The unemployed need training and retraining, but so do other workers and women returning to the labour market after taking care of their children or of their elderly or
Column 190disabled relatives. Such are the initiatives that will provide the answers in a changing labour market and to discrimination against women, which is still rife. The so-called Employment Bill does nothing to provide any answers, and I urge my right hon. and hon. Friends to vote against its Third Reading.
Mr. Wallace : When the Bill received its Second Reading, my right hon. and hon. Friends tabled a reasoned amendment, which was voted on, which stated that, while we welcomed certain parts of the Bill-- specifically those extending equal opportunities to women--we expressed regret that the Bill failed to provide adequate protection for young people and diminished many employees' rights.
We hoped that a number of the Bill's provisions could be amended during its Committee and Report stages, but it has been clear throughout that the Government were unwilling to accept even the most reasonable of the Opposition's amendments and insist instead on the Bill being as they want it, without making any concessions. I commend the first part of the Bill in respect of equality for women. I do not envisage that it will mean a return to sending women down coal mines, as has sometimes been graphically suggested by those most opposed to that part of the Bill. It is more likely to permit women pursuing engineering courses and who are currently unable to take up employment in mining to do so. That will open up opportunities for women that do not currently exist.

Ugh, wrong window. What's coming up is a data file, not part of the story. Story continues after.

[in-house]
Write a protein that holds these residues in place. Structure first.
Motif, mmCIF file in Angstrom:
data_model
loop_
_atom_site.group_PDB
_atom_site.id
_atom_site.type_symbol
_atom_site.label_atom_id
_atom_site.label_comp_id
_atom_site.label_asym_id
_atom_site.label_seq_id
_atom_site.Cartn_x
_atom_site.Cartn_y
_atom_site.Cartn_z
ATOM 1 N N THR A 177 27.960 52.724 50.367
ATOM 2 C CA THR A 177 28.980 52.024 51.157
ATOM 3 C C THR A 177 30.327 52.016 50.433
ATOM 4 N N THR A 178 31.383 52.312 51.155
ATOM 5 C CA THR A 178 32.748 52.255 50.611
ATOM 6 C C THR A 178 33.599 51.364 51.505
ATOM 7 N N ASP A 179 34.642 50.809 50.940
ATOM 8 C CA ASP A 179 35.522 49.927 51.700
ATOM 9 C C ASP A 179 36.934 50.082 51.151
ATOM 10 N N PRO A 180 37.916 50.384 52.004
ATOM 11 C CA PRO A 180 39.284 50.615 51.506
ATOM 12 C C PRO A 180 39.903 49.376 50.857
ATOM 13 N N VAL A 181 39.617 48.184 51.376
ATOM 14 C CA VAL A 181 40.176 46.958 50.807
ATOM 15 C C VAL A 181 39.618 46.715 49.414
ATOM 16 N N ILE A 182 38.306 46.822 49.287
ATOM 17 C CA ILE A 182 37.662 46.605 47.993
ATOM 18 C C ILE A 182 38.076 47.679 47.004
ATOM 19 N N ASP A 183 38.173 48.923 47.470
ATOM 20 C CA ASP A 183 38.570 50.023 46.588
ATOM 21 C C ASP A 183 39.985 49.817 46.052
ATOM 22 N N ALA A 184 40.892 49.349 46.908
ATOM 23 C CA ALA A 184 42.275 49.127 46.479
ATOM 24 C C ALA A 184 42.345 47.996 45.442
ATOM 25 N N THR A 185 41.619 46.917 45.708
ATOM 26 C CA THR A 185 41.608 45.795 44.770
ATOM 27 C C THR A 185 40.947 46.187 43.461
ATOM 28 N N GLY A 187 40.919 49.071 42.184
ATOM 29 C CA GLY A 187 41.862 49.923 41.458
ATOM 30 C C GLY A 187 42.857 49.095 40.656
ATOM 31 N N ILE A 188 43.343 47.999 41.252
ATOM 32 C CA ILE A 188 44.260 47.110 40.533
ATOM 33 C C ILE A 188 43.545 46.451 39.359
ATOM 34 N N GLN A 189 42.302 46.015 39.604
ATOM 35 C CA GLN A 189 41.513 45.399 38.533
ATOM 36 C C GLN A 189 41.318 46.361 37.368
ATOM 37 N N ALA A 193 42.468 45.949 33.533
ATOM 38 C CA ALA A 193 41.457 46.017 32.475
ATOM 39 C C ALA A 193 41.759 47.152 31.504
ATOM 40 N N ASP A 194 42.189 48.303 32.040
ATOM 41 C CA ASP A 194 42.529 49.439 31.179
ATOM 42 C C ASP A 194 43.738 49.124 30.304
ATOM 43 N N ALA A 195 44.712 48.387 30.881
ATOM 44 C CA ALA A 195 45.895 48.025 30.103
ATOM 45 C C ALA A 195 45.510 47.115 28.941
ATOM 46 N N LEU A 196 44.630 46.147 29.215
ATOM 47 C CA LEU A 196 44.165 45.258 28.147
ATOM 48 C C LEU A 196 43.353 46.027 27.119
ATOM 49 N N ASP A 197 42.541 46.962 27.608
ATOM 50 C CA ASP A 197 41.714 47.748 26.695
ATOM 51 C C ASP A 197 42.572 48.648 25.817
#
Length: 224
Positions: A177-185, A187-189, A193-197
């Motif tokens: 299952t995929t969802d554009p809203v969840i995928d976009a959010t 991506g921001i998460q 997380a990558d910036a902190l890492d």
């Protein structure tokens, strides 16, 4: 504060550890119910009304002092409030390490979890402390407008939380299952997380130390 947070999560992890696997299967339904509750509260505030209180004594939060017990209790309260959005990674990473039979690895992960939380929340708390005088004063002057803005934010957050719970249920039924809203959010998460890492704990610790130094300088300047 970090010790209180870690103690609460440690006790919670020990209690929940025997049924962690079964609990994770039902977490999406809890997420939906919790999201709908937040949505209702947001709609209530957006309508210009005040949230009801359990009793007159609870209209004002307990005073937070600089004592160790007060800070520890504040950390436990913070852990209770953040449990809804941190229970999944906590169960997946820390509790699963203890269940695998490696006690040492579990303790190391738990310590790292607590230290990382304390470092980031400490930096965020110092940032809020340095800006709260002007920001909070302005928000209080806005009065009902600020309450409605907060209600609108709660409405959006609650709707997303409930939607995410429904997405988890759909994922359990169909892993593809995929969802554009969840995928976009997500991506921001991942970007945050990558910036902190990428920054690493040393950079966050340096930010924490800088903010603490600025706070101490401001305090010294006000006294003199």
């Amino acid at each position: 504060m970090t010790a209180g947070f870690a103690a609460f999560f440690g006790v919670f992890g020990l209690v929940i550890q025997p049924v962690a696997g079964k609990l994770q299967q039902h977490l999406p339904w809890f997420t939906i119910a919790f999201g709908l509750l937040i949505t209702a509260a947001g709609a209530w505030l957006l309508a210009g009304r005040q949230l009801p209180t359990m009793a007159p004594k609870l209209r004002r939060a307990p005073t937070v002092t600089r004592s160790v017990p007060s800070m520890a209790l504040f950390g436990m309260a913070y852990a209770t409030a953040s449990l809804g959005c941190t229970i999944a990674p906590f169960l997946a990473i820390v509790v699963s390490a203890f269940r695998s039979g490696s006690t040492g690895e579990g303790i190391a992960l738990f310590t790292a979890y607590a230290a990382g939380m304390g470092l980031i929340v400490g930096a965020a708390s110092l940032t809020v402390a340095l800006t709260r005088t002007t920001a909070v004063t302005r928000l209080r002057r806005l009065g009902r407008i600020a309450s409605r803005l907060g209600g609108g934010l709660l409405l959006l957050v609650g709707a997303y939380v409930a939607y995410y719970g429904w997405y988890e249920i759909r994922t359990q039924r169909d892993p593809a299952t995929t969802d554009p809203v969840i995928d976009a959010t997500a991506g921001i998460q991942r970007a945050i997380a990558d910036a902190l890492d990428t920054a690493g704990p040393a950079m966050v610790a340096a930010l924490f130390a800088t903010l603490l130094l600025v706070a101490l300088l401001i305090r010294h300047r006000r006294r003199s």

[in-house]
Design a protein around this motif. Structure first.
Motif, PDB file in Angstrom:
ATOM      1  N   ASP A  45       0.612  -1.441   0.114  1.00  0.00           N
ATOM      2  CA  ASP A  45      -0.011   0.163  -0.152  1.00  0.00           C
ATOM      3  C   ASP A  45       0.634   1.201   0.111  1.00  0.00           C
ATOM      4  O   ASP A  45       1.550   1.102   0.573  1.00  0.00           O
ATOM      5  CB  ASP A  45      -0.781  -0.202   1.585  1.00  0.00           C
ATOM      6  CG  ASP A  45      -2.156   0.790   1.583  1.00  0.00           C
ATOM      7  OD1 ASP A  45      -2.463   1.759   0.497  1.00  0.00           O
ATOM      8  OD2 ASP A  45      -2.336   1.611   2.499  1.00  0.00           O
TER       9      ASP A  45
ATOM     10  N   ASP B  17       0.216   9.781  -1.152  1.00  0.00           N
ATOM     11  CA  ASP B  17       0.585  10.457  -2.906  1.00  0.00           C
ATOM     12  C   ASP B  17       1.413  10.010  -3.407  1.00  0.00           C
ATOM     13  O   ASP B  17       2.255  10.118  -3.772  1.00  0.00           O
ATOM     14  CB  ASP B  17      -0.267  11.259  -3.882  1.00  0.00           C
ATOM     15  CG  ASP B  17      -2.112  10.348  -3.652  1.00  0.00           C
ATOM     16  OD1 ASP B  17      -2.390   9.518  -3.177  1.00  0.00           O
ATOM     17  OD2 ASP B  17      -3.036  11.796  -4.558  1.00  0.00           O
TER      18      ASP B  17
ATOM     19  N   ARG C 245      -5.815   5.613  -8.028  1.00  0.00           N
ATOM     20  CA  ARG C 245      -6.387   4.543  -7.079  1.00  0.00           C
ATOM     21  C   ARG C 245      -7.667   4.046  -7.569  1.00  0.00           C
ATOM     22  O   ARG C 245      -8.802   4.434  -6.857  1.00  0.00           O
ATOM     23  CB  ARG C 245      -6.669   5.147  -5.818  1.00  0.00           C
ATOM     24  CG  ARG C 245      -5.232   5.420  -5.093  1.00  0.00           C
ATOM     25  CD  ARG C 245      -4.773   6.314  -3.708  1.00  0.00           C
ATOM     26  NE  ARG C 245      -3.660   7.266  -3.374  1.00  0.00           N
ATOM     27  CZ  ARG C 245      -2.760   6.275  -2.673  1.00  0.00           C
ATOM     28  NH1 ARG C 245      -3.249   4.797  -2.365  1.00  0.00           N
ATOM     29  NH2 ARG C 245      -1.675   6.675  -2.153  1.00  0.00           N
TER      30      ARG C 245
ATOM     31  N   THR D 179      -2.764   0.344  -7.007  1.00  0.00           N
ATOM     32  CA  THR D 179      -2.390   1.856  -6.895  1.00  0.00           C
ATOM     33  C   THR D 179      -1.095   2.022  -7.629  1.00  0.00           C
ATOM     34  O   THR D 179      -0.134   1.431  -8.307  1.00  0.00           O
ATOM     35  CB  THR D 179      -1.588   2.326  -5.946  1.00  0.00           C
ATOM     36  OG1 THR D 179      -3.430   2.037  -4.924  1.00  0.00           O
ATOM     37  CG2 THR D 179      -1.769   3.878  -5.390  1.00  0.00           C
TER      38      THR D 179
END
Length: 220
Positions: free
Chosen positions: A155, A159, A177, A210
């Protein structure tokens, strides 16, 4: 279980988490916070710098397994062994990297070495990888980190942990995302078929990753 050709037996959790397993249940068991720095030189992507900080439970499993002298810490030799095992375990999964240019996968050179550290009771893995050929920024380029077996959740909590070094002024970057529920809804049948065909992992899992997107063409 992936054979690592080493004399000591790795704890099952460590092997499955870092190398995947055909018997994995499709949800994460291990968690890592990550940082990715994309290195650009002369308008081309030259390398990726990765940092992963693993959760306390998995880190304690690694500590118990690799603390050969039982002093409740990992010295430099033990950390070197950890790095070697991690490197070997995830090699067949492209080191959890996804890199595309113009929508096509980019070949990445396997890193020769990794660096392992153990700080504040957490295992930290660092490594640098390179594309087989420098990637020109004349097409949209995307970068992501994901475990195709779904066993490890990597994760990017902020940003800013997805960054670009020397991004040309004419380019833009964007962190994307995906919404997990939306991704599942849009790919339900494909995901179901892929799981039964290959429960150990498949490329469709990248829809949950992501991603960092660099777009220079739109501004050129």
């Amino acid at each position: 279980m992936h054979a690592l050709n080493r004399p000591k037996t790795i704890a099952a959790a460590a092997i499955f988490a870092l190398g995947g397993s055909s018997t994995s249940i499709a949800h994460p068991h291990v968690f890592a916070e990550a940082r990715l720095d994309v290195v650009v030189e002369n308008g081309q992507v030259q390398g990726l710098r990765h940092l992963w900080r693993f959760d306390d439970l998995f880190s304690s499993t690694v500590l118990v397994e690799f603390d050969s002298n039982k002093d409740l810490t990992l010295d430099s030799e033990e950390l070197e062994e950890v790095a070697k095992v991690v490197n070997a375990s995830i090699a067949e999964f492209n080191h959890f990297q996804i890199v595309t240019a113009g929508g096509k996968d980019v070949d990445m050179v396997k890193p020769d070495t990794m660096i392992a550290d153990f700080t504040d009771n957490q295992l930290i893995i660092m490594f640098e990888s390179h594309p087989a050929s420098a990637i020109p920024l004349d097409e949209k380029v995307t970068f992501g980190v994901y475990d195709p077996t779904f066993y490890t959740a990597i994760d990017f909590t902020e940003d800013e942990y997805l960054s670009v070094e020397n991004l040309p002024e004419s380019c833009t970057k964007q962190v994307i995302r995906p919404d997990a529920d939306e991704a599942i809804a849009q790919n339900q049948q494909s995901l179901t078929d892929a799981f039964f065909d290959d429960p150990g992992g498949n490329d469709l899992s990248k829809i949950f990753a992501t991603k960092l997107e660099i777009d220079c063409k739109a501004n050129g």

As the hon. Member for Barking (Ms. Richardson) indicated, the Bill's most sinister provision is that relating to the employment of young people. While we accept that there is a large volume of anomalous legislation, and do not quibble about it being removed from the statute book, the risk is that doing so will put the baby out with the bath water. It appears that many forms of protection that have existed for many years, with good reason, will also be removed. Not only Opposition Members have expressed concern ; throughout our debates quotations from bodies such as the CBI have suggested that the Bill could lead to the exploitation of young people by unscrupulous employers.
In passing the Bill, we have to disassociate ourselves from at least one important part of the European social charter. I find it difficult to accept that such legislation can be advanced in the name of progress when we are taking a step back from our international obligations.
The Bill restricts the rights of individual employees in a number of important ways--with regard to disciplinary procedures, time off for trade union duties and the period of employment necessary to qualify for a statement of reasons for dismissal. As we have debated at some length, there is the opportunity for employers to insist on pre-hearing reviews and the necessity for employees wanting to pursue a case to have to put down a deposit. In a number of cases the Government have argued that the Bill is taking down barriers and relieving the burden on small businesses.
However, as it did before Second Reading, the British Institute of Management has written to many Members of Parliament as it looked forward to Report and Third Reading, specifically about the extension of the qualifying period for a written statement of reasons for dismissal. It